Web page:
‘Criminals and Terrorists’: Framing Mozambique’s Insurgency
02 April 2021
WRITTEN BY ALESSANDRO FORD
A report released Monday alleges that Mozambique’s Islamist insurgency funds its “terrorist” activities through involvement in a range of criminal economies, including illegal timber, gemstone, wildlife and drug trafficking – these claims are contested, however, by several experts.
Mozambique’s military has failed to defeat the country’s northern insurgency (Photo by Super Moz, Wikimedia Commons)
Published by the Counter Extremism Project, “An Unholy Alliance: Links Between Extremism and Illicit Trade in East Africa” appears barely a week after the militant group burst onto international headlines with their brutal attack on the northern city of Palma, which killed dozens of people near a major gas project run by French energy giant Total.
The conflict, rooted in poverty and marginalization, began in Mozambique’s most deprived province, Cabo Delgado, in late 2017 and has since killed over 1,300 civilians, burnt countless towns and villages and displaced over 700,000 people– about 30% of the provincial population—including some 250,000 children.
The “Al-Shabaab” insurgency, of no relation to its Somali namesake, was officially designated an ISIS-affiliated terrorist organization by the U.S. State Department on March 10 and, in line with Monday’s report, a senior State Department official had already explicitly linked anti-drug and anti-insurgency activities in July 2020.
The problem, however, is that multiple experts agree “Al-Shabaab” is simply not involved in these criminal activities.
“I can clearly state that [the insurgency] is definitely not funded by ivory trafficking,” Alastair Nelson, Senior Analyst at the Global Initiative said on Thursday.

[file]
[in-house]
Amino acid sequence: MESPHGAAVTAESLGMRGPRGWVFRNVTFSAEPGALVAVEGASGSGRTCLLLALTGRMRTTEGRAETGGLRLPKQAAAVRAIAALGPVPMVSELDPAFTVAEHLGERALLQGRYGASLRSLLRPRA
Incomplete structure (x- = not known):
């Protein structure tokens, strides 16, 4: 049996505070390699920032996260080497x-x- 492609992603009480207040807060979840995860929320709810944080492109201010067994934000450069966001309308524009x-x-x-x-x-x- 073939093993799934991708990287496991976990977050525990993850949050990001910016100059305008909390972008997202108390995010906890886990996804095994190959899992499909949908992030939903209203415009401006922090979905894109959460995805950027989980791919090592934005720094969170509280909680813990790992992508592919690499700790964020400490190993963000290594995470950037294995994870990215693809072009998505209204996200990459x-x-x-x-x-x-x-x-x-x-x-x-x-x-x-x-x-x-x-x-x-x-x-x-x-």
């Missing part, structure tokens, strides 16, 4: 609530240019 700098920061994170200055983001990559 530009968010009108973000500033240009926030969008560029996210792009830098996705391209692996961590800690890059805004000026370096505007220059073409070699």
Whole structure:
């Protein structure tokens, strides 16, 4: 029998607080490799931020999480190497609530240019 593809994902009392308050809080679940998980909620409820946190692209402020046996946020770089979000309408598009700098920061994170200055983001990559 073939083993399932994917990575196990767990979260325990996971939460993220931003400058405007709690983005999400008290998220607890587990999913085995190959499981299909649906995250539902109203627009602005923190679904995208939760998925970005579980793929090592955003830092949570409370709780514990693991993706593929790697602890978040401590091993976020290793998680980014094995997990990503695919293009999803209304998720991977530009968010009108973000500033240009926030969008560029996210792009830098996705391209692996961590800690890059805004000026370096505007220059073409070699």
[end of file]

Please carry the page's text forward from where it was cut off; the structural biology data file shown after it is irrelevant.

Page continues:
“Further, I also disagree with the statements in this report that [Al-Shabaab] are tapped into the major illicit flows in the region – drugs, gemstones and smuggling of migrants. The recent research that we undertook…specifically found that they were not connected to these illicit flows at all,” he told the OCCRP.
Rather, these illicit flows have been diverted around insurgent-held territories for a variety of reasons, argues Nelson.
Dr. Joseph Hanlon, one of the world’s top Mozambique experts, also confirmed to the OCCRP that “insurgents are not trading in either ivory or drugs,” though he would not go into further detail.
Dr. Hanlon has, however, identified government involvement in certain illicit economies, arguing in 2018 that of the US$600-800 million dollars in heroin money entering Mozambique annually, around US$100 million goes to bribing members of Mozambique’s ruling FRELIMO party.
He has also written extensively about why that same government is so keen to frame the Islamist insurgency as a terrorist group: namely, because it allows them to avoid any conversation about the insurgency’s roots in economic inequality, historical marginalization and the greed of a FRELIMO elite that refuses to share Mozambique’s astounding ruby, mineral and gas wealth with its people.
“Crime, corruption, extremism and illicit trade are inextricably linked – but in the case of [the insurgency] in northern Mozambique this is not direct”, elaborates Alastair Nelson.
“Rather the illicit economies, the crime groups driving them and their corrupt links to state structures created the breakdown in governance [that enabled] the genesis of [Al-Shabaab] back in 2007-9,” he told the OCCRP.
Any solution, he concludes, must therefore address these core problems by establishing security for local people, building resilience in local government and community structures and sharing Mozambique’s natural wealth with the people who most need them.